OSHA’s Top 10 Violations of 2017

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OSHA announced its preliminary Top 10 list of most cited violations for fiscal year 2017 at the National Safety Council (NSC) Congress and Expo in September. The announcement was made by Patrick Kapust, deputy director of OSHA's Directorate of Enforcement Programs.

Although this annual list of the most frequently cited violations almost always features the same hazard categories, the individual rankings do shift in their ranking a bit. This year, six of the 10 categories held the same position as last year. The three categories that switched positions were Ladders (No. 6), Powered Industrial Trucks (No. 7), and Electrical Wiring Methods (No. 10). Fall Protection – Training Requirements (No. 9) is new to the list this year. The General Electrical Requirements category dropped out of the top 10 this year.

In reviewing this year’s data, it’s interesting to note the total number of violations for all 10 categories (28,774) was far lower than last year’s total (35,019) number of violations.

OSHA2017No1

No. 1 Violation: Fall Protection

Fall Protection retains its No. 1 position on this important list. These violations are associated with the Fall Protection rules of OSHA 1926.501, which sets forth requirements for employers to provide fall protection systems for its employees. The good news is this category posted 834 fewer incidents than last year. There were a total of 6,072 violations issued in this category.

OSHA2017No2

No. 2 Violation: Hazard Communication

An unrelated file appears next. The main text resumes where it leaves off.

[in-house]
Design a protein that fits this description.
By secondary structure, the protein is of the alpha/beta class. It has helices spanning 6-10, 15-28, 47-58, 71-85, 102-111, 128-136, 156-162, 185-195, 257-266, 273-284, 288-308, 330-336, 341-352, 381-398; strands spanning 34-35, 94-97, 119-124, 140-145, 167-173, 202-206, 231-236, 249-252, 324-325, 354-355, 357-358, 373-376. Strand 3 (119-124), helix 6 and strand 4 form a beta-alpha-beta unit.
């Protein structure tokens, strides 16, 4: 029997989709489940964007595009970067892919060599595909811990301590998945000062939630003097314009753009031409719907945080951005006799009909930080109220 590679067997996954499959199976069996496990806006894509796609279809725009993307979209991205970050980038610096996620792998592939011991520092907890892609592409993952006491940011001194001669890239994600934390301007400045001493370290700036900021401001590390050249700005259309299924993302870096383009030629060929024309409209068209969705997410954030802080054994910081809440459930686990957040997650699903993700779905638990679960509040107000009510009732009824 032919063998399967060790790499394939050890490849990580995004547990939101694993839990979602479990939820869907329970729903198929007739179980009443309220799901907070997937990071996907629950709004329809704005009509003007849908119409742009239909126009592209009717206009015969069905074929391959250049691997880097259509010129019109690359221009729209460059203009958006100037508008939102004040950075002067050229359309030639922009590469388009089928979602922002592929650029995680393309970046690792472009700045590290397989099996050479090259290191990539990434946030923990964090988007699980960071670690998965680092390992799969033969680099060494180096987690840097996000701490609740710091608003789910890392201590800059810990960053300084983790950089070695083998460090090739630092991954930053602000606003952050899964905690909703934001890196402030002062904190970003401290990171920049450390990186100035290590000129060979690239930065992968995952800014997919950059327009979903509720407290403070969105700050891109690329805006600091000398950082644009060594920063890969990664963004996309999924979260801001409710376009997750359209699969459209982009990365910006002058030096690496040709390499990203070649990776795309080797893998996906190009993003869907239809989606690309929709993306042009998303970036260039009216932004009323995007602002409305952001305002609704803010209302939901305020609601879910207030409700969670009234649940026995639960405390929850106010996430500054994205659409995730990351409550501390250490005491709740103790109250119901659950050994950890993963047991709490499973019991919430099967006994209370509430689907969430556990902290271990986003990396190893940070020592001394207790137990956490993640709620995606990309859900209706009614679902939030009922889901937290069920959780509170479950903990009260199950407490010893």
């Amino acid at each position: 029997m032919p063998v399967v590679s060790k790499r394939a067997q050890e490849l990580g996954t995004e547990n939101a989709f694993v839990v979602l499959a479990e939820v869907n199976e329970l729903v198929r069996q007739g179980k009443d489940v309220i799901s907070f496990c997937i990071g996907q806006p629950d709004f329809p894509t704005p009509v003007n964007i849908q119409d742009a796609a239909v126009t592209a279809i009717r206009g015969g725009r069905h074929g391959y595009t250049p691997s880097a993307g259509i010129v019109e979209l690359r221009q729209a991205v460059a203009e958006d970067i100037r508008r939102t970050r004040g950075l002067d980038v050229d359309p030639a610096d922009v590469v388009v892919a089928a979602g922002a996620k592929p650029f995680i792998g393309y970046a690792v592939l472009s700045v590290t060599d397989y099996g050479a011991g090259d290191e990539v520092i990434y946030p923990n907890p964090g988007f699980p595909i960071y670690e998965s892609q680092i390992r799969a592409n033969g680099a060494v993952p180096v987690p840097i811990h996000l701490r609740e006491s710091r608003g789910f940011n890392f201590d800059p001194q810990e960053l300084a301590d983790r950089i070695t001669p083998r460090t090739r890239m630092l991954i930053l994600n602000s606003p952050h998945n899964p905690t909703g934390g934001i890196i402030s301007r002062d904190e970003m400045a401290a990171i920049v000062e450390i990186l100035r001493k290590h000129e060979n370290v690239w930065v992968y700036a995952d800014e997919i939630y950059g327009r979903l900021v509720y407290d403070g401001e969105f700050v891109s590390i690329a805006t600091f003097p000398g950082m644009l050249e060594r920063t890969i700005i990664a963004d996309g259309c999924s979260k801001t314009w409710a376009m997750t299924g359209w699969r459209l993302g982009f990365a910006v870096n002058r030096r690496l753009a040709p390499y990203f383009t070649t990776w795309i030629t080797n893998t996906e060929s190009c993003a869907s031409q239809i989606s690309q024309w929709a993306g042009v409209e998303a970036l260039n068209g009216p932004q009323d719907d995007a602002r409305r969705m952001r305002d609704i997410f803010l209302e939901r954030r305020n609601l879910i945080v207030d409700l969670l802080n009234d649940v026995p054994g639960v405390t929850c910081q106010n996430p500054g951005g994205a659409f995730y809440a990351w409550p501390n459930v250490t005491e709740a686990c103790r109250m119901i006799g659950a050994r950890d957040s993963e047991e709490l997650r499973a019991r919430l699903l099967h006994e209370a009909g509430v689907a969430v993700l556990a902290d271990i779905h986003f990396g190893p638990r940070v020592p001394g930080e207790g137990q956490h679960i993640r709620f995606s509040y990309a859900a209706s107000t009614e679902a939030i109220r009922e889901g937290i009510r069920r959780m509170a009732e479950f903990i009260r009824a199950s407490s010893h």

Hazard Communication remained in the No. 2 position. The purpose of this group of rules is to ensure the hazards of all chemicals produced or imported are classified — and that information concerning the classified hazards is properly transmitted to employers and employees. The requirements of 1910.1200 are consistent with the provisions of the United Nations Globally Harmonized System of Classification and Labeling of Chemicals (GHS), Revision 3. Fortunately, this category posted 1,479 fewer incidents than last year. There were a total of 4,176 violations issued in this category.

OSHA2017No3

No. 3 Violation: Scaffolding

Violations related to Scaffolding use are still widespread across many industries. It’s important to note that the rules of 1926.451 do not apply to aerial lifts — the criteria for which are set out exclusively in 1926.453. The good news here is that this year's total number of violations was 612 less than last year. There were a total of 3,288 violations issued in this category.

OSHA2017No4

No. 4 Violation: Respiratory Protection

The rules of 1910.134, which focus on Respiratory Protection, apply to General Industry (part 1910), Shipyards (part 1915), Marine Terminals (part 1917), Longshoring (part 1918), and Construction (part 1926). Violations associated with respiratory protection requirements apply to many different trades in the construction industry as well as plant/facility workers. There were 476 fewer violations issued in this category this year, as compared to last year's listing. Overall, there were 3,097 violations issued in this category.

OSHA2017No5

No. 5 Violation: Lockout/Tagout